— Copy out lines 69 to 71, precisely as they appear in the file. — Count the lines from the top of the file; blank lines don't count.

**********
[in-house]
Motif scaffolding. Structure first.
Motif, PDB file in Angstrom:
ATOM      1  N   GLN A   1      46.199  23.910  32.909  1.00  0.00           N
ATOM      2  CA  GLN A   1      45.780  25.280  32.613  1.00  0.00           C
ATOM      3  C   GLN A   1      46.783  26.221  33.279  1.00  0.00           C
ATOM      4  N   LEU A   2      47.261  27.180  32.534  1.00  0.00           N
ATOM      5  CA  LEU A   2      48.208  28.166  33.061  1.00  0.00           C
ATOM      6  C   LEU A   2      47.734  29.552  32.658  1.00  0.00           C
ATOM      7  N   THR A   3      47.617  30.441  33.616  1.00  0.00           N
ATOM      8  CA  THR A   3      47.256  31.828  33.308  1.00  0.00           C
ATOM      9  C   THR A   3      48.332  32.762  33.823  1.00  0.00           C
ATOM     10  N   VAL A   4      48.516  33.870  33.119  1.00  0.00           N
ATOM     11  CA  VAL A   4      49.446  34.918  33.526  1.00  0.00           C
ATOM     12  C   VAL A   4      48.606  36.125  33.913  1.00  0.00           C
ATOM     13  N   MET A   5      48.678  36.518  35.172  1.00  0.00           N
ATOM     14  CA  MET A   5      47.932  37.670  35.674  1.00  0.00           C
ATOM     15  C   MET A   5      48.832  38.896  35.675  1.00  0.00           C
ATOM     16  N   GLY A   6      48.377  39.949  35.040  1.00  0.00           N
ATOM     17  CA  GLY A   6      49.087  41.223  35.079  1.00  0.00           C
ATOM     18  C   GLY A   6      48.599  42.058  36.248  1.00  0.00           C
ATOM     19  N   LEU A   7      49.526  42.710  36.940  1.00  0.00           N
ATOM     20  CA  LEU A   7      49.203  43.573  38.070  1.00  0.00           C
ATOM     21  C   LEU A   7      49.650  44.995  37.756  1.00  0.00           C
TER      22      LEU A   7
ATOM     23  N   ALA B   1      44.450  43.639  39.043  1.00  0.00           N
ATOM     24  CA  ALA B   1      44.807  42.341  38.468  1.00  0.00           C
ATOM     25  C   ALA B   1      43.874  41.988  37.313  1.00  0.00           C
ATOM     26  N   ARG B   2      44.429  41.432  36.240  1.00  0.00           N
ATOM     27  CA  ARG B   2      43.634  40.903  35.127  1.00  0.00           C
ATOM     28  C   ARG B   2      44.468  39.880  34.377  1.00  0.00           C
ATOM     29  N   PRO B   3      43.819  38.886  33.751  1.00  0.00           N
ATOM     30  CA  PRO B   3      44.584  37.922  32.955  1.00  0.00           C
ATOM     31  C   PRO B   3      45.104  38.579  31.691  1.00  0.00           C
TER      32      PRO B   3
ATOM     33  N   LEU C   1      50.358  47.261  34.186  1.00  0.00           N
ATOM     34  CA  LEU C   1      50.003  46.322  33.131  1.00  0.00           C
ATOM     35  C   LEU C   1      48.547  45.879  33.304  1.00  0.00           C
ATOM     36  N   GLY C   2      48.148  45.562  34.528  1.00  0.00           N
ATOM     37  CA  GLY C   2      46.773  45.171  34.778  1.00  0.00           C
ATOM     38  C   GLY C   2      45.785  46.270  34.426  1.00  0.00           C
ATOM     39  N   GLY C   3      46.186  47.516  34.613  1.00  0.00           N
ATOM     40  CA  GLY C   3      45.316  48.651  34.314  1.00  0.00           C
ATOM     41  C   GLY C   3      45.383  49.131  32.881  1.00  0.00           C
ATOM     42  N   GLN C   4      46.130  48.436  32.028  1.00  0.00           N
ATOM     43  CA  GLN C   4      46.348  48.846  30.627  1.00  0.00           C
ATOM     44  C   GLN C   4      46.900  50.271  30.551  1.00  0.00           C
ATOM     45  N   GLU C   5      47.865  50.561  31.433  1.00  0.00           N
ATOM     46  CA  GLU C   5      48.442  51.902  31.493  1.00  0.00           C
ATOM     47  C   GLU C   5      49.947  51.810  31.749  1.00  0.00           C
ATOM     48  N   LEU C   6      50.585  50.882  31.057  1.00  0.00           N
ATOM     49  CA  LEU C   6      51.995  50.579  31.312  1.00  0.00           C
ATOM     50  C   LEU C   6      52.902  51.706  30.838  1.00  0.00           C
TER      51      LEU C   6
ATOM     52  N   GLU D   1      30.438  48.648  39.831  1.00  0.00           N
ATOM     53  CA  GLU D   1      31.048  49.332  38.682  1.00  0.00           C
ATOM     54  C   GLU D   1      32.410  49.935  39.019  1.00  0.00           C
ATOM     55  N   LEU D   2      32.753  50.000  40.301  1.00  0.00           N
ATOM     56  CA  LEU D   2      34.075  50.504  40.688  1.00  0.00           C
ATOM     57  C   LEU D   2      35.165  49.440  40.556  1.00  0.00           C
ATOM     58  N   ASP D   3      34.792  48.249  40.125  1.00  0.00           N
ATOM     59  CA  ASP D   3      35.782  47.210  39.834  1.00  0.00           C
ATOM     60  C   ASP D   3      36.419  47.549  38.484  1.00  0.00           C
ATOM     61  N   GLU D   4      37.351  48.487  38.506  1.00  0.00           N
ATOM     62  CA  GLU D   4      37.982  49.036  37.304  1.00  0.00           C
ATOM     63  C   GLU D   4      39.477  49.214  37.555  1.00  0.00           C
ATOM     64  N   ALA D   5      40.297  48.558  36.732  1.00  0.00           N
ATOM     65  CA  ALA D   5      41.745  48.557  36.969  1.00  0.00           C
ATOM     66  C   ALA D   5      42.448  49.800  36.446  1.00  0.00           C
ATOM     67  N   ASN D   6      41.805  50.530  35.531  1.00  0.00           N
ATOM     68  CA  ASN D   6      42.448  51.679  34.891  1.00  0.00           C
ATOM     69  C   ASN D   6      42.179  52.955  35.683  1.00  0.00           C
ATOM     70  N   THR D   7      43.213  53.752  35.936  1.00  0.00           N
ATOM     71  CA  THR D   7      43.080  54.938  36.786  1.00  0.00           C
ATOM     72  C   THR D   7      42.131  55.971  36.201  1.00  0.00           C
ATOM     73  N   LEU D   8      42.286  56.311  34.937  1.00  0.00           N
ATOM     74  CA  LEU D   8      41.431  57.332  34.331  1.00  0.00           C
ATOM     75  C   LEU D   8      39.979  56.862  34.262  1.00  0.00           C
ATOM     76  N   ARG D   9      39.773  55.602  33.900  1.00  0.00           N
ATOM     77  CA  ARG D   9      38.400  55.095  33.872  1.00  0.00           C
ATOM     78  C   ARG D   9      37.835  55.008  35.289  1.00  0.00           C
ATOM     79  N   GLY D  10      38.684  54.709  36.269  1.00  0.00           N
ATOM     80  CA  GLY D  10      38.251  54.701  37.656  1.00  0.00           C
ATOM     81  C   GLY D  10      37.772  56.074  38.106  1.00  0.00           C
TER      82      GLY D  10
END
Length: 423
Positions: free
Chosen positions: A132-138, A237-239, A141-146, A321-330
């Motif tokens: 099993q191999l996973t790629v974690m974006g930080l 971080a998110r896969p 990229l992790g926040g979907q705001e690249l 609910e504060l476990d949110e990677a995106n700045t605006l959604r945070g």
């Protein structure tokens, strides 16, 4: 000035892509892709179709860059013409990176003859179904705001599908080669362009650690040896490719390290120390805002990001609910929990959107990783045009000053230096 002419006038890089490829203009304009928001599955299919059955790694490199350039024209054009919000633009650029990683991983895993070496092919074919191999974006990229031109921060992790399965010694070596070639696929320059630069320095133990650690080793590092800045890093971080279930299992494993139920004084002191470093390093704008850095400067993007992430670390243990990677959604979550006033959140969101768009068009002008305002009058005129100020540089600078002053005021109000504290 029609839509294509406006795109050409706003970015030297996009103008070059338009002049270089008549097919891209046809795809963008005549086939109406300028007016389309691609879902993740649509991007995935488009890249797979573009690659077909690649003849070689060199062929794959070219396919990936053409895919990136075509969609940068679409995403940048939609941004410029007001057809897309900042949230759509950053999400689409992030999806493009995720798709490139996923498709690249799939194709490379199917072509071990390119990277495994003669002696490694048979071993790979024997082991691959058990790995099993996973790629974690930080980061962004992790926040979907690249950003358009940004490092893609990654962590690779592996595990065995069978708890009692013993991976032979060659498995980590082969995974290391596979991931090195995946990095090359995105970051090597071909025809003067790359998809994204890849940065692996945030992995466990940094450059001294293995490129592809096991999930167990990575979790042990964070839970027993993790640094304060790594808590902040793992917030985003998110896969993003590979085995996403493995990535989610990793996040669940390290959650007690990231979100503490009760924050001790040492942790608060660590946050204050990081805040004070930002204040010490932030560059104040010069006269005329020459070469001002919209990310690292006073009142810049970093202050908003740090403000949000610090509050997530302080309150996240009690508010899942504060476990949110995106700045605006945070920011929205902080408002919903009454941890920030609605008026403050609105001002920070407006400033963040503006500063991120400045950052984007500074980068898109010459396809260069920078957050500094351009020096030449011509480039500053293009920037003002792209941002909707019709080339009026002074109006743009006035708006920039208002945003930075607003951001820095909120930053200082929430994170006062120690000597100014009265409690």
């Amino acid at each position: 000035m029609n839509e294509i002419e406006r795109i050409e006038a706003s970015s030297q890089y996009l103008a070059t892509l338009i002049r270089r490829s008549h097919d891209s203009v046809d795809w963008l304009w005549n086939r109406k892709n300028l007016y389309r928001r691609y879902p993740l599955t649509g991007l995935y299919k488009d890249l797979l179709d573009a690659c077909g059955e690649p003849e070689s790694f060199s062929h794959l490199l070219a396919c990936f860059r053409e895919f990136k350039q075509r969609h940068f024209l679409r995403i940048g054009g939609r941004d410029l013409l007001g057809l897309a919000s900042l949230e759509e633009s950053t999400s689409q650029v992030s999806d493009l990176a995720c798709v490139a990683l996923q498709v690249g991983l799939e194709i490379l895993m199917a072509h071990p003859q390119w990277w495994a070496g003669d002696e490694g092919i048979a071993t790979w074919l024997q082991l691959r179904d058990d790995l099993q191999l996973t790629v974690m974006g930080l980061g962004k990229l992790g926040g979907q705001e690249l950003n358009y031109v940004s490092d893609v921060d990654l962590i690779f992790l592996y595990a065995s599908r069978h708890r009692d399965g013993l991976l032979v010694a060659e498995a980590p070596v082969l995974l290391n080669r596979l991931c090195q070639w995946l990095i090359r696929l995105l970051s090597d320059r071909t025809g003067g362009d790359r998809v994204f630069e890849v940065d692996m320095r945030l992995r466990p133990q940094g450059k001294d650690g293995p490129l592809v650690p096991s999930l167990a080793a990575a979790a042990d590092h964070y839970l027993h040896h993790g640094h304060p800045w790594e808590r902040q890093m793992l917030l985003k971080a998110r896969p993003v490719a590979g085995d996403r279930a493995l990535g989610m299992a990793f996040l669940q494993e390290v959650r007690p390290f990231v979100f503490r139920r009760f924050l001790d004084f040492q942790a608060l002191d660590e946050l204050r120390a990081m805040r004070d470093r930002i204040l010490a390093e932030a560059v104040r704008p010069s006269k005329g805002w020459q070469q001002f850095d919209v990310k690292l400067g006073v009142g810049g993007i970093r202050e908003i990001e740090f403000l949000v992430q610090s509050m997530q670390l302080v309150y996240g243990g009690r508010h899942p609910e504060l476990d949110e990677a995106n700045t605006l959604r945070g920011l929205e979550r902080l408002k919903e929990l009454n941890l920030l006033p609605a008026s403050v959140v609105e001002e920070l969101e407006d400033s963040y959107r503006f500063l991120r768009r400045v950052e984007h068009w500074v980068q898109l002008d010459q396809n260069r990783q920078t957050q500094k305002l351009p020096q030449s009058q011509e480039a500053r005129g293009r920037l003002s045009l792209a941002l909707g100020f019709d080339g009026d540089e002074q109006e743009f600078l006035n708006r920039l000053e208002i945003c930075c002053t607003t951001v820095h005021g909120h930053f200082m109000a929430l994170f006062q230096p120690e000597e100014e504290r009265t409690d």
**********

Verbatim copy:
ATOM     66  C   ALA D   5      42.448  49.800  36.446  1.00  0.00           C
ATOM     67  N   ASN D   6      41.805  50.530  35.531  1.00  0.00           N
ATOM     68  CA  ASN D   6      42.448  51.679  34.891  1.00  0.00           C